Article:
Falcons of the World-Alaska/Arctic Circle

Good golly how about that ride from Santiago, Chile to Anchorage, Alaska eh?
7,890 miles as the Toyota crow flies.
We made it though, but I’m still bummed you threw my “80’s dance hits” mix tape out the window while we were flying over Mexico.
And so now here we are in the great beautiful North. Home of the largest falcon of North America, the Gyrfalcon.
In the summer Gyrfalcons can be found from around 60 degrees to 79 degrees North. Their breeding range covers parts of Alaska, Canada, Greenland, Scandinavia, and Siberia.
Winter time ranges of Gyrfalcons is still largely unknown. While some birds remain on their breeding range others winter south. In North America occasionally in the United States and in Asia as far south as Central Asia.
Their favorite meal is Ptarmigan, who can blame them? But studies have found they can take just about any other bird it comes across.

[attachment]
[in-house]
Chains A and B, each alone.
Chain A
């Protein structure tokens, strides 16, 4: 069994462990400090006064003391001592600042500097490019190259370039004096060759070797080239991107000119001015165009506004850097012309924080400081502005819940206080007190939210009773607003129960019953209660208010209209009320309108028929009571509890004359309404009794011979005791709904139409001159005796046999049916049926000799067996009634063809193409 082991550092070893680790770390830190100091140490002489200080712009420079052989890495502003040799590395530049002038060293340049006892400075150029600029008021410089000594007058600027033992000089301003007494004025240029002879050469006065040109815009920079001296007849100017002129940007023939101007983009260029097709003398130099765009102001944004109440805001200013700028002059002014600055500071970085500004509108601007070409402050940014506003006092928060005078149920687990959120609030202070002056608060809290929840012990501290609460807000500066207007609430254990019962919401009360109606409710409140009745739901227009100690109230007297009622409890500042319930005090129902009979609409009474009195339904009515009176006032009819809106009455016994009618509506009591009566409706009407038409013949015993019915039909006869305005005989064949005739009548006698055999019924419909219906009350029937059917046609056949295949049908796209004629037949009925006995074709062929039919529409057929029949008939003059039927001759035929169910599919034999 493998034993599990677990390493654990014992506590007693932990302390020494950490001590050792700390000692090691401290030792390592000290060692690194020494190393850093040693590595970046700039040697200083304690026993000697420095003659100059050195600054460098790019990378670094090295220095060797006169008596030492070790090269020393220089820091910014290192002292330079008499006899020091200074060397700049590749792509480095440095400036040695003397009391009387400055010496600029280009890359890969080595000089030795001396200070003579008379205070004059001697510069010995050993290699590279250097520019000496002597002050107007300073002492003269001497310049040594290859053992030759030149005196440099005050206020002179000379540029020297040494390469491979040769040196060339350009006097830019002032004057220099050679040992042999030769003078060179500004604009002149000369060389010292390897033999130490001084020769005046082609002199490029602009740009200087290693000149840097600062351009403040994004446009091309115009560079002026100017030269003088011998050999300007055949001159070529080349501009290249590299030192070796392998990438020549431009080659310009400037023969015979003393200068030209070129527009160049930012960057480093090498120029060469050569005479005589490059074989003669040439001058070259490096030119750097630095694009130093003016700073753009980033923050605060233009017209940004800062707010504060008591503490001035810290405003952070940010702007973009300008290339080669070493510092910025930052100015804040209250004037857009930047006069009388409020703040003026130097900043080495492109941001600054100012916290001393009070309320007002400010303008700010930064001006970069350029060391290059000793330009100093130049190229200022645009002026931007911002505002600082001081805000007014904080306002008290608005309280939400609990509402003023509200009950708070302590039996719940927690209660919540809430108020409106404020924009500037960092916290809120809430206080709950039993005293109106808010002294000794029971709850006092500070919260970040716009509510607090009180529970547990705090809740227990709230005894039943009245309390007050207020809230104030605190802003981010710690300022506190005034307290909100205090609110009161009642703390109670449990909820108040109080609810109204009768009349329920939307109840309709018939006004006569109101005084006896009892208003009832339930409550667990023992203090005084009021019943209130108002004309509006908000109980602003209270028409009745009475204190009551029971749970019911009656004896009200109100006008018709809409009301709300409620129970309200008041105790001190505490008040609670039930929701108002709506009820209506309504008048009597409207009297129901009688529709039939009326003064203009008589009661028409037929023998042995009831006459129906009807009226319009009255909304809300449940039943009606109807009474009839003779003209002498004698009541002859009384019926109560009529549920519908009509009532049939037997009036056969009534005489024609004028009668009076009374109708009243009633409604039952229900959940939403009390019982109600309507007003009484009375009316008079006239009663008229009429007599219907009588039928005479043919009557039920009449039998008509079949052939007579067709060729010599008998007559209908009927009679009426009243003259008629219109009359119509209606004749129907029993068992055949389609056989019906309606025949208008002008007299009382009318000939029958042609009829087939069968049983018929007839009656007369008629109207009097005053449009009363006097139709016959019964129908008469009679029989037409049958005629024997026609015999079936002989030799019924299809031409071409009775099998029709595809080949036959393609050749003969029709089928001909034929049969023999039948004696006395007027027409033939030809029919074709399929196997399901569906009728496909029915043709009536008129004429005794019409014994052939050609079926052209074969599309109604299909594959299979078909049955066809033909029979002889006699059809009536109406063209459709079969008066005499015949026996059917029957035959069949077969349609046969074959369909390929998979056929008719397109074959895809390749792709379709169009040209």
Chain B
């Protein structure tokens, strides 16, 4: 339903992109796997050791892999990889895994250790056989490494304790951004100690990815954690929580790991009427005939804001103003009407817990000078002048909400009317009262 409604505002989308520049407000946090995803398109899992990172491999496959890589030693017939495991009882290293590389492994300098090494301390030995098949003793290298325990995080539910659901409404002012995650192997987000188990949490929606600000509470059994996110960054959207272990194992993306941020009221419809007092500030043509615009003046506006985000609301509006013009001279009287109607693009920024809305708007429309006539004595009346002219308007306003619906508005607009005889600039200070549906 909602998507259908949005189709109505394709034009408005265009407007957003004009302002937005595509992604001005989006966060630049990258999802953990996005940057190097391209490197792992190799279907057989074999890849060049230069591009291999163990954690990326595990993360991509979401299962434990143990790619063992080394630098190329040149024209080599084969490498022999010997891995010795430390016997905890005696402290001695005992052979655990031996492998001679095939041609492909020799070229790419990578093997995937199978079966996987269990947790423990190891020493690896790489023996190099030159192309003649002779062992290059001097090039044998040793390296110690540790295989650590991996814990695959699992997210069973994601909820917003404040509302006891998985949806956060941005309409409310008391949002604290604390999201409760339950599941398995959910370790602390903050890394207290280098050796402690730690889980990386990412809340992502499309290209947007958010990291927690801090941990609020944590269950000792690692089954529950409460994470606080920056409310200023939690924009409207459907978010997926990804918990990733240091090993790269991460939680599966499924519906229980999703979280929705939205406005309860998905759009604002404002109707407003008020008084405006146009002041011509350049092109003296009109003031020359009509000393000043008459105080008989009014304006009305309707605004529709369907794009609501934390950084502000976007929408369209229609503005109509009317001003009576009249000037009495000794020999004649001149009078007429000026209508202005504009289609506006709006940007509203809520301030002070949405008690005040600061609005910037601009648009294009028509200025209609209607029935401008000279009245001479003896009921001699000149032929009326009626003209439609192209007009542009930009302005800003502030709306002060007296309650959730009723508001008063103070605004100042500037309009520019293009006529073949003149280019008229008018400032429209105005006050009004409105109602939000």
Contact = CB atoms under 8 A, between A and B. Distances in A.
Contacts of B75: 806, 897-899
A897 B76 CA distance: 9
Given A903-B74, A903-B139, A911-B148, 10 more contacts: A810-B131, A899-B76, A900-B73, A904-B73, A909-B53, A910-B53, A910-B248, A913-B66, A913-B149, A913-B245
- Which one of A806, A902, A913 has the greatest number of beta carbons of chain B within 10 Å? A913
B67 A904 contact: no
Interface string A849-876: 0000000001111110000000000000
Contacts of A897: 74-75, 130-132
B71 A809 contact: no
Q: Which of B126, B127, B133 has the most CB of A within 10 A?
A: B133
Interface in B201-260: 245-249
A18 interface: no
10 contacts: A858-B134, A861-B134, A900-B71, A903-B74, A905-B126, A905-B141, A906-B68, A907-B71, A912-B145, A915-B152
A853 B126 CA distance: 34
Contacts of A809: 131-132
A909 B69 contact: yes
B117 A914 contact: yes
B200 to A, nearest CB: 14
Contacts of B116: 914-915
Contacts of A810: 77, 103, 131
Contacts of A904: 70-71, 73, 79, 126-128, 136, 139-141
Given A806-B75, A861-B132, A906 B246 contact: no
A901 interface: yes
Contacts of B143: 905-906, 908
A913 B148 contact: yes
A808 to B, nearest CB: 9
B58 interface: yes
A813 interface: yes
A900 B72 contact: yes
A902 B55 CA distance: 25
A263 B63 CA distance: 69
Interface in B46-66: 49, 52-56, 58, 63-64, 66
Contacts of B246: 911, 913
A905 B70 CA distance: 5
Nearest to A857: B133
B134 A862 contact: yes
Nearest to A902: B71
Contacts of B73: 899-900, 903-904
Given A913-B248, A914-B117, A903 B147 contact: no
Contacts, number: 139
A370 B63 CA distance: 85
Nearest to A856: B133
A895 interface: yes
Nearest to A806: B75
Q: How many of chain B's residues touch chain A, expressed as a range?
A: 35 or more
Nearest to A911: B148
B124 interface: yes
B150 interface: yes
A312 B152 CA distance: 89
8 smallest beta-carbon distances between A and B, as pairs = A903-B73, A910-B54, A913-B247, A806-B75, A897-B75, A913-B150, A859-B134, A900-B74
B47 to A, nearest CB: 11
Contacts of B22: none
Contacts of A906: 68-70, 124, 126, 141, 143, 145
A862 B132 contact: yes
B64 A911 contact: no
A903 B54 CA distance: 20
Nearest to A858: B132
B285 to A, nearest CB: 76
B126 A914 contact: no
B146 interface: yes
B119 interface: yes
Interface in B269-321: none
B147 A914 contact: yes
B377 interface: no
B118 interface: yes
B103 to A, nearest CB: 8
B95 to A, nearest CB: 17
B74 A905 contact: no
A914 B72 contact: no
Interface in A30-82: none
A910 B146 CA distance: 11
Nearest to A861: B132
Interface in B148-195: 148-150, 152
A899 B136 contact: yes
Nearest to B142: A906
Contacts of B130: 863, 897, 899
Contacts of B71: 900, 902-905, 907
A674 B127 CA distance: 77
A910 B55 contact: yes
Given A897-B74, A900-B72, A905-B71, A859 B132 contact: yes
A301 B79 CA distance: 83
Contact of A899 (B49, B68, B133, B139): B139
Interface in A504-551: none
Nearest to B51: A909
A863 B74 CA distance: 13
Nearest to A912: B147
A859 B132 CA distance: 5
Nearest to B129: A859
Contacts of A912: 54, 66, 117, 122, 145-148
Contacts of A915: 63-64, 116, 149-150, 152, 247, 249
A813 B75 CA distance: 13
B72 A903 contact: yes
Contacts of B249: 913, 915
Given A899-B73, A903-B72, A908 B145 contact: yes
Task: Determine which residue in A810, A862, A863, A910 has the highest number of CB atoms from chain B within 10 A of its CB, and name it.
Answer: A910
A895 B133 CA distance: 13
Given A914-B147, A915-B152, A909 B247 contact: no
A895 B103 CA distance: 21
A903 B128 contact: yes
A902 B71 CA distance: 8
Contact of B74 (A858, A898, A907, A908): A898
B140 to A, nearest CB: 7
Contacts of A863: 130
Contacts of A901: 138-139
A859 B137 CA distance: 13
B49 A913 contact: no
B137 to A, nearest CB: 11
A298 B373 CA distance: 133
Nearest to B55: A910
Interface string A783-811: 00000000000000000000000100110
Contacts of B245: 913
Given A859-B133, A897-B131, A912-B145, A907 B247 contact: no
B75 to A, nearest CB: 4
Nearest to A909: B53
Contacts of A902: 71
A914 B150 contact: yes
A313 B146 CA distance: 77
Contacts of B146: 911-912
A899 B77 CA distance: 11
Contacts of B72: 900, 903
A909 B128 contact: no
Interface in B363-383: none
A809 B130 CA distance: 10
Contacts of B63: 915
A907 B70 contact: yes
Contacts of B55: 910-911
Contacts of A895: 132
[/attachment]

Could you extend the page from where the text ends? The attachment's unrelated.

Even short eared owls have fallen prey to a Gyrfalcon. With a bill sharp enough to sever the spine of any bird, the menu is bigger.
They are incredible hunters. Utilizing several different techniques to capture prey. From low fast flight, chasing and tiring the prey out.
To breaking the preys breastbone by forcing it into the ground. They strike prey in the air rather than grab with their talons.
They repurpose Ravens nests and tend to a clutch of 3-5.
Gyrfalcons tend to occur in three different morphs, a dark, a white, and a grey. Shown here is an adult white morph.
I really enjoyed the literature study for this painting. The gyrfalcon is really an incredible bird. I recommend Falcons of the World by Tom J. Cade
It has stunning artwork by R. David Digby and well detailed information on each fascinating member of this incredible group of birds. Falco.
Well The flying Toyota is packed up and I made a new mix tape. “Mo-Town Jams” if you throw this mix tape out the window, were stopping till you find it.
We’re heading to Australia to look at an owl there. I’m not sure which one we’ll decide when we get there.
It’s only 7300 miles.
We got this.
Hold on tight.
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